Seen from the Nairobi perspective, Kenya faces in four directions: east to the Indian Ocean and the monsoon trade winds; north through the highlands to rocky desert plains on the borders of Somalia and Ethiopia; west across the Rift Valley to the cultivated basin around Lake Victoria; and south to the vast, wildlife-rich savannas that continue into Tanzania and rise towards Kilimanjaro. 

It’s a landscape of exceptional beauty, full of people of extraordinary physical and mental resilience – and good humour. 

Part one: the cities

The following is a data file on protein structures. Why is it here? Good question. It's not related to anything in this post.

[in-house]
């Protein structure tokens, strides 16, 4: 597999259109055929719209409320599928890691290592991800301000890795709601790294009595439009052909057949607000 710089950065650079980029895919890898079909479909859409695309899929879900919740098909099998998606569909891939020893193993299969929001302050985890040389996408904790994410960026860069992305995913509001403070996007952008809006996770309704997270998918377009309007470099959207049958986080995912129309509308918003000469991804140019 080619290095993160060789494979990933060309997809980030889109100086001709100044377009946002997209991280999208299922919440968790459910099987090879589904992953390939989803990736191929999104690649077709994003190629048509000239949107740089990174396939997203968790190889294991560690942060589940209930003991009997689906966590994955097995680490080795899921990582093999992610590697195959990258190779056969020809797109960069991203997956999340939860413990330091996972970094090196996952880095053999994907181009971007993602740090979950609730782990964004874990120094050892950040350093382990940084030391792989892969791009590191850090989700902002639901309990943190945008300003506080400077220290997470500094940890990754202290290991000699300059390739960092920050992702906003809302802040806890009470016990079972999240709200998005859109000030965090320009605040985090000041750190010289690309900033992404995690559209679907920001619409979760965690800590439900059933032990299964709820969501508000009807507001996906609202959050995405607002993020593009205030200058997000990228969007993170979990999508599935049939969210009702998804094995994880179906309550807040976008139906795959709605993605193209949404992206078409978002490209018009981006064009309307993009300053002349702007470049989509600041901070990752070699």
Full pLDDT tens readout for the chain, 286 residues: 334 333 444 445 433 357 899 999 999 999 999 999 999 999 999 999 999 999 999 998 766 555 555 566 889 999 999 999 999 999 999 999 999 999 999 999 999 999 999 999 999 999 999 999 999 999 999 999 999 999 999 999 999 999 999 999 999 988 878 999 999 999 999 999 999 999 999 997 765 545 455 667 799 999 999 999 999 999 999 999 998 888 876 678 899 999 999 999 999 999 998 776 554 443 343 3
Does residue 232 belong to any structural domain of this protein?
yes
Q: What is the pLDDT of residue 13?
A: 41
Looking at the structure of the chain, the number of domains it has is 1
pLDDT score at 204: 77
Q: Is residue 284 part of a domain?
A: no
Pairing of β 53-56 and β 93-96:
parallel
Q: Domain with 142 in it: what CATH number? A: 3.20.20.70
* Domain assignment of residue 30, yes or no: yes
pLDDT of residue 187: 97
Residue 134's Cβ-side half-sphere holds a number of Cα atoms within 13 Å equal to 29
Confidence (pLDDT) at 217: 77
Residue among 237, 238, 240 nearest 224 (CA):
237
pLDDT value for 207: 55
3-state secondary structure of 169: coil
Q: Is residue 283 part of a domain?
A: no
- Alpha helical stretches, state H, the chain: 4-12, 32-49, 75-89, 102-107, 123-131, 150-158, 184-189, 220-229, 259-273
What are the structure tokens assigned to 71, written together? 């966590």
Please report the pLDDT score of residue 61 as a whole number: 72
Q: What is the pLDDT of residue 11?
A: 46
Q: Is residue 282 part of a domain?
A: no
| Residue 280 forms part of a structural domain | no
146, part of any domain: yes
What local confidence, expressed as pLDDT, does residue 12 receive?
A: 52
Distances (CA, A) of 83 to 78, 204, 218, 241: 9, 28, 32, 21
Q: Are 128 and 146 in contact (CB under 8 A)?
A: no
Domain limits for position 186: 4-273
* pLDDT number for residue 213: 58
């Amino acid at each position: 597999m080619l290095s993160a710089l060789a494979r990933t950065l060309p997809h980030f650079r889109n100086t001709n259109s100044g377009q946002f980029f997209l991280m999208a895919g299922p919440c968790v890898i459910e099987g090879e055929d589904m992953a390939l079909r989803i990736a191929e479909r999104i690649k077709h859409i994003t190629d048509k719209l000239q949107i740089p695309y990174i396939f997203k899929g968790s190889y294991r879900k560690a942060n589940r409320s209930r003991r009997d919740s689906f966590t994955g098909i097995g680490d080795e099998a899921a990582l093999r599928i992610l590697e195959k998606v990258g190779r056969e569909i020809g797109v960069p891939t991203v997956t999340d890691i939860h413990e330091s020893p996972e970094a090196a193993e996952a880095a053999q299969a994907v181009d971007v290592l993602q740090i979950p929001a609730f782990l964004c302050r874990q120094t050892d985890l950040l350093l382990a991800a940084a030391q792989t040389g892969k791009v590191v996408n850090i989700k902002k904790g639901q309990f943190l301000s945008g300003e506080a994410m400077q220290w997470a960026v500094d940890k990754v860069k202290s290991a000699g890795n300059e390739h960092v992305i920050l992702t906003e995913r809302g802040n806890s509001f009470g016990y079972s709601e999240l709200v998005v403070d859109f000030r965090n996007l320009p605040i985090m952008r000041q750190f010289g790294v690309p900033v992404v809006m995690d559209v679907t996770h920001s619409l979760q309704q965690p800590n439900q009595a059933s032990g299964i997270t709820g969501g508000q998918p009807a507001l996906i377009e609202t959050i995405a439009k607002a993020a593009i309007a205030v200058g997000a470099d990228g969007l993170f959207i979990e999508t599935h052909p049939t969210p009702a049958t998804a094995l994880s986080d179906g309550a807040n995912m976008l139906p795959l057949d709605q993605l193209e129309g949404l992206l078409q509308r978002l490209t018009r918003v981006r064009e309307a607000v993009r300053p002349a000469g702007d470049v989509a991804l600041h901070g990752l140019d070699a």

The first part of Kenya you’ll experience is the urban, where the rich-poor divide is starkest and you can expect a sense of culture shock and dislocation. Kenya’s four cities, like a string of ever-expanding beads, are Mombasa on the coast, Nairobi in the highlands, Nakuru in the Rift Valley and Kisumu on the shores of Lake Victoria. Shopping malls, supermarkets, offices and hotels attract hopeful migrants from the rural areas, and these newcomers create sprawls of shanty towns and slum-like suburbs. There’s much about it all that will seem familiar – and you can certainly hide away in comfort if you spend a bit of money – but the sting is in the immediacy of people’s circumstances out on the streets, where the relentless poverty can be hard to take in. This string of cities is also the busiest road and rail route through the country – though don’t expect motorways or high-speed trains: the railway line is the same metre-gauge railroad built by the Victorians, and the highway mostly consists of two, un-separated lanes.